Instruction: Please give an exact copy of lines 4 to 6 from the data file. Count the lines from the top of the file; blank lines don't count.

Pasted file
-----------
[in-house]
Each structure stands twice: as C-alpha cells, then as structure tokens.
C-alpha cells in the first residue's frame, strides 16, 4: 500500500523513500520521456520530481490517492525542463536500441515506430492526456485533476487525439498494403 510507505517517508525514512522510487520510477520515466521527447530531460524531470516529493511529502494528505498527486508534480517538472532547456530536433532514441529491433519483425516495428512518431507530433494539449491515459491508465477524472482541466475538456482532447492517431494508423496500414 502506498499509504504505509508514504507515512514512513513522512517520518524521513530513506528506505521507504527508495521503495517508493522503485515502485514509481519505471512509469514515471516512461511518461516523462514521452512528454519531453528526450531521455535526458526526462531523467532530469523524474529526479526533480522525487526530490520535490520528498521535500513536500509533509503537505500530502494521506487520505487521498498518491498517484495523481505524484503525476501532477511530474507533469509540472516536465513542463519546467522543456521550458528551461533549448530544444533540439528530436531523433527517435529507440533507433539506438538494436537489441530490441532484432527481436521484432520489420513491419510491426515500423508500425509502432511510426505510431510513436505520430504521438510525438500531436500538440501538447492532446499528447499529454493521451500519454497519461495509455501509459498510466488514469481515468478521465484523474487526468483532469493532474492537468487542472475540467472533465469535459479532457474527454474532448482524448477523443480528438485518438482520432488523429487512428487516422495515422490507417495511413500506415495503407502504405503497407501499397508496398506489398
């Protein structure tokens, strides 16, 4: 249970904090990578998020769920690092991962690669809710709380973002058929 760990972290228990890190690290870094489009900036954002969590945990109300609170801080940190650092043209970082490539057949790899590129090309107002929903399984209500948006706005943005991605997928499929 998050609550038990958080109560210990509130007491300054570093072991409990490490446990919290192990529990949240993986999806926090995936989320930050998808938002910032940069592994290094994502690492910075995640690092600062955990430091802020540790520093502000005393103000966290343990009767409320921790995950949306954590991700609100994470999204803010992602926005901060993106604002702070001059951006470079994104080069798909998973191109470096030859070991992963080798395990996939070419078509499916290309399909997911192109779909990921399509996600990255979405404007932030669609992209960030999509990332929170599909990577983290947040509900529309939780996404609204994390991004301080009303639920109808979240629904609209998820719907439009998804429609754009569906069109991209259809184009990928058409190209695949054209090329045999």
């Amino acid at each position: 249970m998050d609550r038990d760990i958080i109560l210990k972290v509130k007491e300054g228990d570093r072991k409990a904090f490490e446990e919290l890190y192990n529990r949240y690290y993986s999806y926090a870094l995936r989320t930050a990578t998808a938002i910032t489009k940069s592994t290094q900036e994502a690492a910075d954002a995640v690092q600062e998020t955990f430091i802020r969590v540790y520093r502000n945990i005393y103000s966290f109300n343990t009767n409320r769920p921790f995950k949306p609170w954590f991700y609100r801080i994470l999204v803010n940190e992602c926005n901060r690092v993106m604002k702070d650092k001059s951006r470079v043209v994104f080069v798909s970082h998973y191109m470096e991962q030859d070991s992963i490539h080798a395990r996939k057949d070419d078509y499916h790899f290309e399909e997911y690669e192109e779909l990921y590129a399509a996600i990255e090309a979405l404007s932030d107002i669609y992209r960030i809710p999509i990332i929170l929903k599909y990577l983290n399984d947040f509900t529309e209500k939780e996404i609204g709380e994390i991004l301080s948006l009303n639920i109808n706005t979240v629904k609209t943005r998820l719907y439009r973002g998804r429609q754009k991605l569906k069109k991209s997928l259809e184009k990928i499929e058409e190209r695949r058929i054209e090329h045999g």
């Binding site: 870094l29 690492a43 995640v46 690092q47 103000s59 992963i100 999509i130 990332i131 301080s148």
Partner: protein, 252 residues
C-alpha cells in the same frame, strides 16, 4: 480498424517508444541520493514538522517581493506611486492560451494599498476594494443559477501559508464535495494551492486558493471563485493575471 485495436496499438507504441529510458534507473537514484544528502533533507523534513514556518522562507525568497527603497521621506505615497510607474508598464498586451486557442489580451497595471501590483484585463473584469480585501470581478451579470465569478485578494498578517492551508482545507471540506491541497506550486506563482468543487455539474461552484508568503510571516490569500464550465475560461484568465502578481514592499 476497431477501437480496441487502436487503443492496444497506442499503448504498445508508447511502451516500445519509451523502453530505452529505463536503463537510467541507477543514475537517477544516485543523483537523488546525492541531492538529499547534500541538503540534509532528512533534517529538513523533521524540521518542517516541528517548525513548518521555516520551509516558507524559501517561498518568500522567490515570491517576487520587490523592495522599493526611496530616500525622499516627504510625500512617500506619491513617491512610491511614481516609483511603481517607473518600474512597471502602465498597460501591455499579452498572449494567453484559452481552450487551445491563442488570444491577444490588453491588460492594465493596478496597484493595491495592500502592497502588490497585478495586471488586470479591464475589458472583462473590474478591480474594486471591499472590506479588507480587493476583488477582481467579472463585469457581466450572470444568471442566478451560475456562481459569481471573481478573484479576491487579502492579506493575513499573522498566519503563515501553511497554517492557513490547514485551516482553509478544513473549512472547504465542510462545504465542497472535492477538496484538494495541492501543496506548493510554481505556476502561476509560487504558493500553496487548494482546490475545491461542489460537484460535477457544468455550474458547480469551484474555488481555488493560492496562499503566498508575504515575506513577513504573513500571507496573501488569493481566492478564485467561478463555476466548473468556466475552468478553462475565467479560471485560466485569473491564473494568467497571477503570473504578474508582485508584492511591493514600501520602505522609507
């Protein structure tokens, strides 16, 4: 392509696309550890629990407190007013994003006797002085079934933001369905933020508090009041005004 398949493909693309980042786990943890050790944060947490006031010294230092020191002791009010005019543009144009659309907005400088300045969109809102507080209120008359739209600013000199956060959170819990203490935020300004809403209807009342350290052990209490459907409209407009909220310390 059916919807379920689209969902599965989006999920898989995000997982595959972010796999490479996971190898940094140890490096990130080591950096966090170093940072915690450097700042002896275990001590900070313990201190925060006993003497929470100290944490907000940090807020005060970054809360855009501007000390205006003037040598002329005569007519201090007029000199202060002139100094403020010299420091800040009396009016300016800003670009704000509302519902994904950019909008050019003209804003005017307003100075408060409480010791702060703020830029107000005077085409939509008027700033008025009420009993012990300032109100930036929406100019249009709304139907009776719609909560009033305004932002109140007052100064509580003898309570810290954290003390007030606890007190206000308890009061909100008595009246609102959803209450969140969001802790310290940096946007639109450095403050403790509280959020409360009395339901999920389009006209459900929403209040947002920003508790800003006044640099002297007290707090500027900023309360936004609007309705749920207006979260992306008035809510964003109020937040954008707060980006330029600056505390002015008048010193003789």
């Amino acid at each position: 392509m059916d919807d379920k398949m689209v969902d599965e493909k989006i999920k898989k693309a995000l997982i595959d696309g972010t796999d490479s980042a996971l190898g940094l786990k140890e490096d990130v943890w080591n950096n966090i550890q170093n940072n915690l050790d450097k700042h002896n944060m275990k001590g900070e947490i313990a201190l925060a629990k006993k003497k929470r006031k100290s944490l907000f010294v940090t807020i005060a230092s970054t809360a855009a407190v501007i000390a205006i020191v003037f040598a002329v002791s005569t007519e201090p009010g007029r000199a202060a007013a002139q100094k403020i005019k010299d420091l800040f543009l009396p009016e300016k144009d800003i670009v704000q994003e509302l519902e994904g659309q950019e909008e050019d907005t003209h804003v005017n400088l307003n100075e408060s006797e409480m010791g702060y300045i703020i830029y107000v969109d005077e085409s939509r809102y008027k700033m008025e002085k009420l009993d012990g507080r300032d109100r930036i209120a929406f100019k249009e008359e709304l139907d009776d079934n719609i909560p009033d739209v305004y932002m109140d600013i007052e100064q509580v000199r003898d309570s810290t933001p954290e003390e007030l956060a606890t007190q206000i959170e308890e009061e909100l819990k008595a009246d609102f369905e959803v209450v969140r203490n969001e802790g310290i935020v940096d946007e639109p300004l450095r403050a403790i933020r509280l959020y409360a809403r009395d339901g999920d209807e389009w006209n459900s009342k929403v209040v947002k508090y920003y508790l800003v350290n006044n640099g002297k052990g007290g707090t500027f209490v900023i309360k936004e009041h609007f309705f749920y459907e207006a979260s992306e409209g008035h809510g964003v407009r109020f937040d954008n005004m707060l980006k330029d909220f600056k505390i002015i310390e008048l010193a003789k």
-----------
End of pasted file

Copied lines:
């Protein structure tokens, strides 16, 4: 249970904090990578998020769920690092991962690669809710709380973002058929 760990972290228990890190690290870094489009900036954002969590945990109300609170801080940190650092043209970082490539057949790899590129090309107002929903399984209500948006706005943005991605997928499929 998050609550038990958080109560210990509130007491300054570093072991409990490490446990919290192990529990949240993986999806926090995936989320930050998808938002910032940069592994290094994502690492910075995640690092600062955990430091802020540790520093502000005393103000966290343990009767409320921790995950949306954590991700609100994470999204803010992602926005901060993106604002702070001059951006470079994104080069798909998973191109470096030859070991992963080798395990996939070419078509499916290309399909997911192109779909990921399509996600990255979405404007932030669609992209960030999509990332929170599909990577983290947040509900529309939780996404609204994390991004301080009303639920109808979240629904609209998820719907439009998804429609754009569906069109991209259809184009990928058409190209695949054209090329045999």
């Amino acid at each position: 249970m998050d609550r038990d760990i958080i109560l210990k972290v509130k007491e300054g228990d570093r072991k409990a904090f490490e446990e919290l890190y192990n529990r949240y690290y993986s999806y926090a870094l995936r989320t930050a990578t998808a938002i910032t489009k940069s592994t290094q900036e994502a690492a910075d954002a995640v690092q600062e998020t955990f430091i802020r969590v540790y520093r502000n945990i005393y103000s966290f109300n343990t009767n409320r769920p921790f995950k949306p609170w954590f991700y609100r801080i994470l999204v803010n940190e992602c926005n901060r690092v993106m604002k702070d650092k001059s951006r470079v043209v994104f080069v798909s970082h998973y191109m470096e991962q030859d070991s992963i490539h080798a395990r996939k057949d070419d078509y499916h790899f290309e399909e997911y690669e192109e779909l990921y590129a399509a996600i990255e090309a979405l404007s932030d107002i669609y992209r960030i809710p999509i990332i929170l929903k599909y990577l983290n399984d947040f509900t529309e209500k939780e996404i609204g709380e994390i991004l301080s948006l009303n639920i109808n706005t979240v629904k609209t943005r998820l719907y439009r973002g998804r429609q754009k991605l569906k069109k991209s997928l259809e184009k990928i499929e058409e190209r695949r058929i054209e090329h045999g």
């Binding site: 870094l29 690492a43 995640v46 690092q47 103000s59 992963i100 999509i130 990332i131 301080s148």